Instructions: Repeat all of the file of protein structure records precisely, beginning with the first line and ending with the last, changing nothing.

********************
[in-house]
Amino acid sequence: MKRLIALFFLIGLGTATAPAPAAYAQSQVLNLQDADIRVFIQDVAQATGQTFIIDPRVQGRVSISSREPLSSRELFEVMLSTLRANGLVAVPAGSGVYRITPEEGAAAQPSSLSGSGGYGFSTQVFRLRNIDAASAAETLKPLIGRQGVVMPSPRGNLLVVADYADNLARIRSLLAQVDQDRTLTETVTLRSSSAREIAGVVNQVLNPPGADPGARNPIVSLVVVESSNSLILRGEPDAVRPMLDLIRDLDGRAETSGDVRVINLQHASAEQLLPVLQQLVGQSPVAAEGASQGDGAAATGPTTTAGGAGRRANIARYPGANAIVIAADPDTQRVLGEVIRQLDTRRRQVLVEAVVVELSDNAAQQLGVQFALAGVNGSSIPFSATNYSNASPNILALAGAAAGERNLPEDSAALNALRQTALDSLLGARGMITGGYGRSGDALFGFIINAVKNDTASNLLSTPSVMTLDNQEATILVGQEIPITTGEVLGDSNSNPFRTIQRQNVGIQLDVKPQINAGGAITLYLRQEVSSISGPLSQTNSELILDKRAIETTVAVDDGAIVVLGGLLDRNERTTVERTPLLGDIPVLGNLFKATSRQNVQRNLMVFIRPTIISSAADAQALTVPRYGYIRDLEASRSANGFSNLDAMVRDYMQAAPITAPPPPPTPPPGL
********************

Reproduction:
[in-house]
Amino acid sequence: MKRLIALFFLIGLGTATAPAPAAYAQSQVLNLQDADIRVFIQDVAQATGQTFIIDPRVQGRVSISSREPLSSRELFEVMLSTLRANGLVAVPAGSGVYRITPEEGAAAQPSSLSGSGGYGFSTQVFRLRNIDAASAAETLKPLIGRQGVVMPSPRGNLLVVADYADNLARIRSLLAQVDQDRTLTETVTLRSSSAREIAGVVNQVLNPPGADPGARNPIVSLVVVESSNSLILRGEPDAVRPMLDLIRDLDGRAETSGDVRVINLQHASAEQLLPVLQQLVGQSPVAAEGASQGDGAAATGPTTTAGGAGRRANIARYPGANAIVIAADPDTQRVLGEVIRQLDTRRRQVLVEAVVVELSDNAAQQLGVQFALAGVNGSSIPFSATNYSNASPNILALAGAAAGERNLPEDSAALNALRQTALDSLLGARGMITGGYGRSGDALFGFIINAVKNDTASNLLSTPSVMTLDNQEATILVGQEIPITTGEVLGDSNSNPFRTIQRQNVGIQLDVKPQINAGGAITLYLRQEVSSISGPLSQTNSELILDKRAIETTVAVDDGAIVVLGGLLDRNERTTVERTPLLGDIPVLGNLFKATSRQNVQRNLMVFIRPTIISSAADAQALTVPRYGYIRDLEASRSANGFSNLDAMVRDYMQAAPITAPPPPPTPPPGL